Pakistan to Purchase 10 More Chinese Caihong-4 Drones

Pakistan plans to purchase 10 more Caihong-4 (CH-4) Medium Altitude, Long Endurance (MALE) Unmanned Aerial Vehicles (UAVs), costing an estimated 24 million USD.

Further details, such as variants or the date of the sale, are not currently known. The CH-4s sent to Pakistan could be outfitted with the superior turbocharged, four-stroke Lark HLE engine with 150 horsepower. The Lark HLE could also contain the high-pressure common-rail fuel system (HPCR), allowing for more efficient operations.

The CH-4s may also have full authorized digital electronic control (FADEC) for higher performance and an average time of 2,000 hours before an overhaul.

Pakistan’s Current Fleet

Pakistan operates the Turkish Anka, Bayraktar TB2, Akinci, their own domestically produced Shapar-II drone, the Chinese Wing Loong II, and the CH-4, serving either combat or reconnaissance operations. 

The CH-4 has a payload of 761 pounds (345 kg), a maximum takeoff weight of 2,900 pounds (1,300 kg), an endurance of 40 hours, and a cruising speed of up to 205 mph (330 km/h).

CH-4 displayed at the 10th China International Aviation & Aerospace Exhibition in Zhuhai, south China’s Guangdong Province, in 2014. Source: Xinhua/Liang Xu

The CH-4 can perform reconnaissance and combat roles, carrying up to six different types of munitions, including various missiles such as the AR-1 and AR-2, FT-7/130 286 pound (130 kg) glide bombs, and GB-7/50 110 pound (50 kg) precision-guided munition (PGM), among other weapons.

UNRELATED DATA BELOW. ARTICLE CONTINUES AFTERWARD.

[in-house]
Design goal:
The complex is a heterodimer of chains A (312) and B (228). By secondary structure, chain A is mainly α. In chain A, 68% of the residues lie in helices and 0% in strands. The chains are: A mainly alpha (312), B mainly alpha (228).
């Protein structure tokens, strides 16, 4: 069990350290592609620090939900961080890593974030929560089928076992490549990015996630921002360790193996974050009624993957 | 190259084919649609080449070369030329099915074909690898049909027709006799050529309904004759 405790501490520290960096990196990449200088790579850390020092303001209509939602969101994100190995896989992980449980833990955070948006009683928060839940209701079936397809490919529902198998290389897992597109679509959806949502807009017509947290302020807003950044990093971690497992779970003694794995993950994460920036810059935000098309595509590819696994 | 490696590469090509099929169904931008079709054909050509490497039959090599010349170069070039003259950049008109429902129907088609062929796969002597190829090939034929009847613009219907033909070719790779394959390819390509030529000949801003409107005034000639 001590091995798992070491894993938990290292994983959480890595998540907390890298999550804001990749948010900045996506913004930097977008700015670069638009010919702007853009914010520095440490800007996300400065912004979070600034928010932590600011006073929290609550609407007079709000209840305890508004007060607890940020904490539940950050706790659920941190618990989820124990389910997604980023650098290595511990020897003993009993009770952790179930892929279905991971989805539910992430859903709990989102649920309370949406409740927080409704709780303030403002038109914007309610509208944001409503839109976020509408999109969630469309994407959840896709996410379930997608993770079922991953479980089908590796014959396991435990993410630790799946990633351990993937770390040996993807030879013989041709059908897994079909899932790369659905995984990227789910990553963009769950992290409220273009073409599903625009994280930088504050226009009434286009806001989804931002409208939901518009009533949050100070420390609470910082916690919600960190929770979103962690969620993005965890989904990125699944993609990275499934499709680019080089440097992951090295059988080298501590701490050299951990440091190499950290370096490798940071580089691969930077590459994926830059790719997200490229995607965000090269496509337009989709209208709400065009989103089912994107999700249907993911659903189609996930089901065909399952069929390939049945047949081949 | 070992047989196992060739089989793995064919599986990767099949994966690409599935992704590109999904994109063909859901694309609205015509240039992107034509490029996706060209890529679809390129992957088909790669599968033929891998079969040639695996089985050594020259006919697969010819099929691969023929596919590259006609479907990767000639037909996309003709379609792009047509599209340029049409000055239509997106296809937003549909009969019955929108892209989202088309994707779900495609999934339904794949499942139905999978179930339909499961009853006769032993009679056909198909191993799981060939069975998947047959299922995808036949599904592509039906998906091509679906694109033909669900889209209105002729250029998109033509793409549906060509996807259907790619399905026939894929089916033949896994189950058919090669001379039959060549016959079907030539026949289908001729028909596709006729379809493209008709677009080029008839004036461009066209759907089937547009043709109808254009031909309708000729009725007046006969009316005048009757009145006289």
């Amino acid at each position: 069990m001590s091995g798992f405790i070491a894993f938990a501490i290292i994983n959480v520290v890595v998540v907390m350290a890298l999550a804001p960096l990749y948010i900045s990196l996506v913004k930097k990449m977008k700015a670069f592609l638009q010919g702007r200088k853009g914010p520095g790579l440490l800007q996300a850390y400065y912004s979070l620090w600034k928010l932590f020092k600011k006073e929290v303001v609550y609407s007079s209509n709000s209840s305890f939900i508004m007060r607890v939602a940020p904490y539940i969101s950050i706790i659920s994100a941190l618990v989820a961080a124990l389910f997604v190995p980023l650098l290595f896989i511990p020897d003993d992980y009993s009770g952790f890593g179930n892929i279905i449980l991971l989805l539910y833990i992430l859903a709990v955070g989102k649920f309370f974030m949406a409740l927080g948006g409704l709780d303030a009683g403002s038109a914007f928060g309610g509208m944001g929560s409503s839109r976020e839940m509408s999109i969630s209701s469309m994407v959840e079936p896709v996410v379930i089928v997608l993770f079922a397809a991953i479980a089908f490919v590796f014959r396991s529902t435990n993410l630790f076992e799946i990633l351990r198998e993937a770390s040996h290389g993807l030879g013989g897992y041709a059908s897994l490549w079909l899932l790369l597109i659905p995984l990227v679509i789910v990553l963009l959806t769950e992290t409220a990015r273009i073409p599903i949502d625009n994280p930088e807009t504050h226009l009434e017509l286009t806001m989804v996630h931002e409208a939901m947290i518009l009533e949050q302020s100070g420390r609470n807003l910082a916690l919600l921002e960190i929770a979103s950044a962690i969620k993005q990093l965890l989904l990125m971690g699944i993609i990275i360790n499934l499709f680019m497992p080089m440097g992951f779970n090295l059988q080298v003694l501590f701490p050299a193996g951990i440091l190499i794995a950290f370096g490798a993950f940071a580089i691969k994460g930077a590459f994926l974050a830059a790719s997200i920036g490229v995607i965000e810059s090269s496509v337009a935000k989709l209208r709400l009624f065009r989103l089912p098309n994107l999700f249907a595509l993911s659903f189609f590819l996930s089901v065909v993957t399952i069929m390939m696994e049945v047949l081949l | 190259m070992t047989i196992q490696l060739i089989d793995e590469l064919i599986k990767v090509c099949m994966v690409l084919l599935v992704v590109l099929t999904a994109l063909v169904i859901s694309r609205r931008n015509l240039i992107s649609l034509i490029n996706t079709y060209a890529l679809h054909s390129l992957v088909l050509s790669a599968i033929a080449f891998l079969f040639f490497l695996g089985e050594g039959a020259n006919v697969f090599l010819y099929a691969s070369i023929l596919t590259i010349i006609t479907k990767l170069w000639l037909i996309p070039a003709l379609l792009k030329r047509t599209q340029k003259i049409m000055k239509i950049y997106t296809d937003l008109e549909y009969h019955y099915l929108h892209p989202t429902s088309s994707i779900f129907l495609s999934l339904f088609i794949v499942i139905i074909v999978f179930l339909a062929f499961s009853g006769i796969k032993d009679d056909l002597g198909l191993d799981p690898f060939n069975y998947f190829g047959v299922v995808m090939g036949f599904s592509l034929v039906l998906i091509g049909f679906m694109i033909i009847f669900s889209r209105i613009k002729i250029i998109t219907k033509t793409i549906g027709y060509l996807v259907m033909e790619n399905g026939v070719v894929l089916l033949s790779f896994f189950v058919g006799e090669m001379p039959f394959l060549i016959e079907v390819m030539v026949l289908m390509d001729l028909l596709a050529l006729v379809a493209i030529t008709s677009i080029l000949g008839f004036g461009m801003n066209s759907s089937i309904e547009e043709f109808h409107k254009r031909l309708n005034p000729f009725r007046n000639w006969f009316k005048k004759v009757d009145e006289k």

Pakistan’s acquisition of more CH-4s doubles its current fleet of UAVs, greatly enhancing combat and intelligence-gathering abilities. 

Purchasing more CH-4s, a platform Pakistan is already familiar with. The Pakistani Air Force has operated and maintained the CH-4s since 2021, which could be why they wanted to purchase more. The repeat purchases, along with the joint Wing Loong II project, could mean China may consider selling the CH-5 to Pakistan, as they did with Iraq.

China also likely wants to keep selling drones globally to keep its place as an international drone exporter and compete with Western countries that export UAVs. 

The purchased CH-4s could also be in response to the order of 31 General Dynamics MQ-9 Reaper drones by India in February 2024.Ten additional CH-4 drones are likely an attempt to match the recent MQ-9 purchase, along with India’s current fleet of UAVs.

Pakistan could also use the CH-4s to maintain balance within the region, such as the contested Kashmir border between India and Pakistan. 

Unlike India, the United States refuses to sell the MQ-9 Reaper to Pakistan, likely due to accusations of human rights violations. Pakistan may not be able to afford the MQ-9, which costs around $31 million, compared to the average price for the CH-4, which is around $2–4 million. 


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